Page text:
Normative Organizations – members are free to join, considered voluntary organizations; they have shared understandings that provide an important basis for coordination of members’ activities (e.g., churches, political parties, universities).

Coercive Organizations – people are forced to join (e.g., camps, prisons, elementary schools).

Utilitarian Organizations – people join them because of the benefits they derive from membership (e.g., work, professional firms).

Informal Organization

Informal organization – a group in which personal relationships are guided by unofficial norms, rituals, and sentiments that are not part of the formal organization.

Usually form spontaneously based on common interests and personal relationships.

Iron Law of Oligarchy

Formulated by Robert Michels, the

iron law of oligarchy states that power tends to become increasingly concentrated in the hands of a few members of any organization.

Those in power want to remain in power.

Politics is a prime example.

Organization and Oligarchy

Three organizational factors encourage oligarchy:

Organizations need a hierarchy of authority to delegate decision making.

Advantages held by leaders at the top of the hierarchy allow them to consolidate their power.

Encouraged by the characteristics of the followers. Nonelites believe that their leaders are more articulate, etc.

Race, Ethnicity, Gender, and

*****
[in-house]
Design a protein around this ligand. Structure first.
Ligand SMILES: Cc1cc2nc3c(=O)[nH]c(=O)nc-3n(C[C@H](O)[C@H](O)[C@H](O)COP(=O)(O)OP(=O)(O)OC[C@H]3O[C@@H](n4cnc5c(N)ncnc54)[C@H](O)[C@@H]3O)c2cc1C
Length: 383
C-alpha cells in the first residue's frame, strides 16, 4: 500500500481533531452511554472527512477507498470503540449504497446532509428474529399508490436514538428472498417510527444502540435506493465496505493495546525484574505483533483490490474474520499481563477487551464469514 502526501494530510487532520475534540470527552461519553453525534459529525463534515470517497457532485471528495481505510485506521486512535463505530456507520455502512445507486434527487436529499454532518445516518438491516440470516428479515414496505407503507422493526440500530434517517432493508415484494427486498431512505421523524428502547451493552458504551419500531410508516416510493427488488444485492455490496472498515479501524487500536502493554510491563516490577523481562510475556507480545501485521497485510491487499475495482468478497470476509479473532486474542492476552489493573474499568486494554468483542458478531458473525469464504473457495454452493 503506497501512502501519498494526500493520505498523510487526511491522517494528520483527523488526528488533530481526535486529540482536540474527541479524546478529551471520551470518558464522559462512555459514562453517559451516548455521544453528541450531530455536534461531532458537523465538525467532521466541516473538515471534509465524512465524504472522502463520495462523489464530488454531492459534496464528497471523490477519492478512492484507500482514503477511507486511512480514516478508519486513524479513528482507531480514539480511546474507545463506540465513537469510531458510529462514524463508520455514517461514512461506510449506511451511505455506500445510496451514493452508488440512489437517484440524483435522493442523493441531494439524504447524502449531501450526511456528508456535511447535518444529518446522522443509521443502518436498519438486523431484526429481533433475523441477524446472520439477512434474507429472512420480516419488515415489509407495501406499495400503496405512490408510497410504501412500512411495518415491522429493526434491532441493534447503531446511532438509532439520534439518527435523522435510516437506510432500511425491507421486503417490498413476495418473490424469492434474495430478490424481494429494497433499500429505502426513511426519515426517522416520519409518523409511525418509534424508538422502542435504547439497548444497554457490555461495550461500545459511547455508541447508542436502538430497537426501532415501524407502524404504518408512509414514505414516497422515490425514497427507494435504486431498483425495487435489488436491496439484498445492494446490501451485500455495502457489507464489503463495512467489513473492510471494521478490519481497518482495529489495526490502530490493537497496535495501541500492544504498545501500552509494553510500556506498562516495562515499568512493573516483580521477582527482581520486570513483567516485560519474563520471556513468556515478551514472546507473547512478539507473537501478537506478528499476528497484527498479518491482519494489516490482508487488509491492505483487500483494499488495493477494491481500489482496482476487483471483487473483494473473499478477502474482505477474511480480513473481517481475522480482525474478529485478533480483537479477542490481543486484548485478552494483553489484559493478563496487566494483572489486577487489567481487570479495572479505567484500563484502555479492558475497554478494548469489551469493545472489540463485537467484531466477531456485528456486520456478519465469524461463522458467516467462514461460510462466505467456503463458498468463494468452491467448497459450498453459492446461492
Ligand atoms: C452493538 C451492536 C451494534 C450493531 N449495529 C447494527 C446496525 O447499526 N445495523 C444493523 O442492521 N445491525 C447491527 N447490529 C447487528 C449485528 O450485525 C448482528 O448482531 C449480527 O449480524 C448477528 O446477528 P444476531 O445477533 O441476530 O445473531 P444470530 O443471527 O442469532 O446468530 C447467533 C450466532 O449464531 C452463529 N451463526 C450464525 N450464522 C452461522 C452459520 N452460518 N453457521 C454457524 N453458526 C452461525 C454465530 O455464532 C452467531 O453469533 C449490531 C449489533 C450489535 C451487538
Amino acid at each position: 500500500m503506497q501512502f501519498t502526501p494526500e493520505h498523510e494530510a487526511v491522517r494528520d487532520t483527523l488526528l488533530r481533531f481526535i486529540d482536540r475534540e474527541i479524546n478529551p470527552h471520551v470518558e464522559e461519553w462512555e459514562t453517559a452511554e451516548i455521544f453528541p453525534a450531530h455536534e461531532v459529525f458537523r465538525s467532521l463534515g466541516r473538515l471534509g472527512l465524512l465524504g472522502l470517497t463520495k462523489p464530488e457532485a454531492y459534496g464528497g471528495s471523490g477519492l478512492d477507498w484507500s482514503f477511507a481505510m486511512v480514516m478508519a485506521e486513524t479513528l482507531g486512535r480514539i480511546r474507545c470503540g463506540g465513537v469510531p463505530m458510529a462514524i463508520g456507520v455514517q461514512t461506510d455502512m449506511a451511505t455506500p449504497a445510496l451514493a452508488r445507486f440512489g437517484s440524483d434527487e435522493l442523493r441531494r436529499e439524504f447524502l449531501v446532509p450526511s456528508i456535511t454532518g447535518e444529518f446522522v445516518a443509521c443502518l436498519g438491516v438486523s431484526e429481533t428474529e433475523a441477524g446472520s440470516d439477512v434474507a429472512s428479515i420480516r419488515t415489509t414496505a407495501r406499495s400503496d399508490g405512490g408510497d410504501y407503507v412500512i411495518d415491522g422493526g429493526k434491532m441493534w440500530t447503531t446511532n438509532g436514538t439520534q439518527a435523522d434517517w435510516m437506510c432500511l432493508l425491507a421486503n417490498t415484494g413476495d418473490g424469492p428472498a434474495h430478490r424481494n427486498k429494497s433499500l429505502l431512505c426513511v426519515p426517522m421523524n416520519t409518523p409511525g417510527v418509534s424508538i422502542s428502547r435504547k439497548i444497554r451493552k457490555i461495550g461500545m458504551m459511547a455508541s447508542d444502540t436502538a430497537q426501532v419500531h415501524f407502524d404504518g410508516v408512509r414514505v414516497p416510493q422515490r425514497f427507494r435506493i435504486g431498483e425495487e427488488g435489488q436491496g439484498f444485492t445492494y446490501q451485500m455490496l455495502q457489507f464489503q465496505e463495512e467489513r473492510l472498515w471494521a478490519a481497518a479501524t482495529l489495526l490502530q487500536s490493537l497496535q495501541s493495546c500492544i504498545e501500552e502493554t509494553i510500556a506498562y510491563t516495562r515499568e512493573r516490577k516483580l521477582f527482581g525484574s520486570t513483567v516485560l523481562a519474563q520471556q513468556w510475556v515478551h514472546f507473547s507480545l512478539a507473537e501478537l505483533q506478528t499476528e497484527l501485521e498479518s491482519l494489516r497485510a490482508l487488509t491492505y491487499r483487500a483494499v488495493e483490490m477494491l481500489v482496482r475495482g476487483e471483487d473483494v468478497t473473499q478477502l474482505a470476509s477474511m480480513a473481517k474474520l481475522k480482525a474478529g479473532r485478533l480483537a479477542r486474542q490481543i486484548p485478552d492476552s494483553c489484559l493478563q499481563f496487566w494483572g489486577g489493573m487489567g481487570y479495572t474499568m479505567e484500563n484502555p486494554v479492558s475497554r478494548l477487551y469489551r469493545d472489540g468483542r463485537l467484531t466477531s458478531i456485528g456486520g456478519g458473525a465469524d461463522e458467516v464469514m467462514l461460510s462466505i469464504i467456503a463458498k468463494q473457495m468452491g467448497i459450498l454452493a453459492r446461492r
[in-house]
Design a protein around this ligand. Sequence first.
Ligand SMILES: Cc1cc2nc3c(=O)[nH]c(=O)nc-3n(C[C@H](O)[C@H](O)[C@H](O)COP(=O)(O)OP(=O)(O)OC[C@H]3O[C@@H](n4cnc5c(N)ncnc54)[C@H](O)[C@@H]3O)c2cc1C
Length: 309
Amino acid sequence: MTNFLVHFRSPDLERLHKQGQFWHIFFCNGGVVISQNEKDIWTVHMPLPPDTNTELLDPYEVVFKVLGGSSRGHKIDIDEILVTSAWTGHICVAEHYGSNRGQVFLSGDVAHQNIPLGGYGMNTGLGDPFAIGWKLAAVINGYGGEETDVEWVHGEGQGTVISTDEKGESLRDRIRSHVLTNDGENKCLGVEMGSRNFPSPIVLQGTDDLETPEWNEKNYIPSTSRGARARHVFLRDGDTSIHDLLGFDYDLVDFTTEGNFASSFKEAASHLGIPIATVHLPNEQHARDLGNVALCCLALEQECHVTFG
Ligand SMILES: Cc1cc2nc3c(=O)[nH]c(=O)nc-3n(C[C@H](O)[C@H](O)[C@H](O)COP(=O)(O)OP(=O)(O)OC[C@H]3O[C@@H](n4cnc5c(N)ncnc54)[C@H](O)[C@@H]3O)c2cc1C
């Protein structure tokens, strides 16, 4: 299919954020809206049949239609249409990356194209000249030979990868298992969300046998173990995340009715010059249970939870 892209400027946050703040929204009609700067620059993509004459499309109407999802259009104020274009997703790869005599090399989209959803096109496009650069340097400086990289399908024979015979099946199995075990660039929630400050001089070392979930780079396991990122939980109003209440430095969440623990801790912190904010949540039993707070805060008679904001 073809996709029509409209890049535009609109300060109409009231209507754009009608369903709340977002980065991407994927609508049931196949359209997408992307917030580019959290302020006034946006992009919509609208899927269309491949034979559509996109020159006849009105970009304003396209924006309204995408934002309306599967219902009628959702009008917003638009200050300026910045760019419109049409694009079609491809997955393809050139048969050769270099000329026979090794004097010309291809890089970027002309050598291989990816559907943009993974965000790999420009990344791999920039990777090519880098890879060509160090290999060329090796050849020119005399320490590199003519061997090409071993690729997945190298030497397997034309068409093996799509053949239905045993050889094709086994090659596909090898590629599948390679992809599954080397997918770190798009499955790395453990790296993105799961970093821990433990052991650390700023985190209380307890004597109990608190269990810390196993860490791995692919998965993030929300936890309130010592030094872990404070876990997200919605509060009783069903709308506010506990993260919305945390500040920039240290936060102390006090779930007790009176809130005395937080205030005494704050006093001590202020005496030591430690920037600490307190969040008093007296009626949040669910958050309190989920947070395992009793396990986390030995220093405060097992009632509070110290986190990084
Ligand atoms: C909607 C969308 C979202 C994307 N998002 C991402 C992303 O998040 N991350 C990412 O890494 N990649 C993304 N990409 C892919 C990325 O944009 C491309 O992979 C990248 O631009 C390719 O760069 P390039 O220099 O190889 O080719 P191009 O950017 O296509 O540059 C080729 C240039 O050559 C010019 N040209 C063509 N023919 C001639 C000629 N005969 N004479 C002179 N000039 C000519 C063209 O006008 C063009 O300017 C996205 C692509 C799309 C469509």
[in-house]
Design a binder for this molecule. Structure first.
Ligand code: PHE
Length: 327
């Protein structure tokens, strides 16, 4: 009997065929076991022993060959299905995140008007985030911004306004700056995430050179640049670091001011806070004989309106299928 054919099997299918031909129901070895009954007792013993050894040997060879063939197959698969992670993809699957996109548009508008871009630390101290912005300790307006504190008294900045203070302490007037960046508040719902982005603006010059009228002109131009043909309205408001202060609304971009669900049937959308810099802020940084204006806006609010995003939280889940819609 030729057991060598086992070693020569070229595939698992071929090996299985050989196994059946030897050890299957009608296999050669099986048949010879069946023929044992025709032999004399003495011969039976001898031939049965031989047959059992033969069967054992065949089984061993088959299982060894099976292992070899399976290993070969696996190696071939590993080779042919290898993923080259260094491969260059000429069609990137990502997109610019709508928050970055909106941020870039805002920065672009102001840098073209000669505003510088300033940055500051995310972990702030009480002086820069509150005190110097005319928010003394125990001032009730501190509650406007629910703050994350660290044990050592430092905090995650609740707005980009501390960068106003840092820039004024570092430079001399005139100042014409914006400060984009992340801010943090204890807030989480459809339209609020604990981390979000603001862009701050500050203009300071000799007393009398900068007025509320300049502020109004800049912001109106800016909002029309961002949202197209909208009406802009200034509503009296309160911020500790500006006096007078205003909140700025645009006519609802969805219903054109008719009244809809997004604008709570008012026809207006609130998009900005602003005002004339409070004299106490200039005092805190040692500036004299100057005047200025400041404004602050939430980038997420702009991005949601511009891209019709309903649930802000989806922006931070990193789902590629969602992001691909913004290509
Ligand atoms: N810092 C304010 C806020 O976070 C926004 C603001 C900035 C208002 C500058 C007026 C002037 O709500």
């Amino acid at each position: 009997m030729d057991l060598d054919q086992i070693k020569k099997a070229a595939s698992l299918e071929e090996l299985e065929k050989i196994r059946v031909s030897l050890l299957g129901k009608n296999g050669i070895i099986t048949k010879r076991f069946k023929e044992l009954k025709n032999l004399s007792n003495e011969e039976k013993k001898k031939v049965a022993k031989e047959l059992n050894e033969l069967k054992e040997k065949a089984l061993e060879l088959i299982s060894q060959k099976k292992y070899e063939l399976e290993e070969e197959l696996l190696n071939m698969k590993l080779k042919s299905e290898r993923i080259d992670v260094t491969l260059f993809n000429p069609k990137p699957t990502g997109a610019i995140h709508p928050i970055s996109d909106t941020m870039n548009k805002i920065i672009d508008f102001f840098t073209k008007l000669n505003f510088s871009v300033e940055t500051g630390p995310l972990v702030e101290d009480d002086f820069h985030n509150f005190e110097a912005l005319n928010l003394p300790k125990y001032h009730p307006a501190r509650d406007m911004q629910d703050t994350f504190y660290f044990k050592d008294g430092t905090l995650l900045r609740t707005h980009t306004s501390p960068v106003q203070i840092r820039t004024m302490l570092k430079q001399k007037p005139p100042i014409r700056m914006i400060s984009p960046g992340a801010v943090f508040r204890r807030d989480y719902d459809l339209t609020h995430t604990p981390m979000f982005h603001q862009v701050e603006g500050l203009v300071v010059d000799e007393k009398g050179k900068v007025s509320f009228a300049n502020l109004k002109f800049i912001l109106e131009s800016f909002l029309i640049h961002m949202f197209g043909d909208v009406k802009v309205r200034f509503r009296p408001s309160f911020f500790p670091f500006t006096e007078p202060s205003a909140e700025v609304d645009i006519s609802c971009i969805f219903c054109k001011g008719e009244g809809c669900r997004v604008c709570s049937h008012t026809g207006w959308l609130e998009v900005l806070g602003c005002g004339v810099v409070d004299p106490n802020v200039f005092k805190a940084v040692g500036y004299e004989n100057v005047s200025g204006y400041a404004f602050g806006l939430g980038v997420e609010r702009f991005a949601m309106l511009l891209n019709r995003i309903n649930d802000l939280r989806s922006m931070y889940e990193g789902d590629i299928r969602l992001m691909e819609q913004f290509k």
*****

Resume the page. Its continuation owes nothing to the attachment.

Social Class in Organizations

Power is concentrated in relatively few positions at the top and are generally held by white men from higher social classes.

Glass ceiling – reflects that fact that so few women and minorities get promoted to the more powerful

(higher) positions.



This term refers to a pattern of interaction among authorized representatives of two or more formally independent organizations.

Entered into primarily for a need for resources possessed by other organizations and an awareness of the availability of those resources in other organizations contribute to the formation of interorganizational relationships.

Interorganizational Relationships

Involving the Police

Questions for Consideration

What might be some of the outside resources needed by the police that contribute to these various relationships?

What is it that makes some of these relationships cooperative, conflictual, and neutral?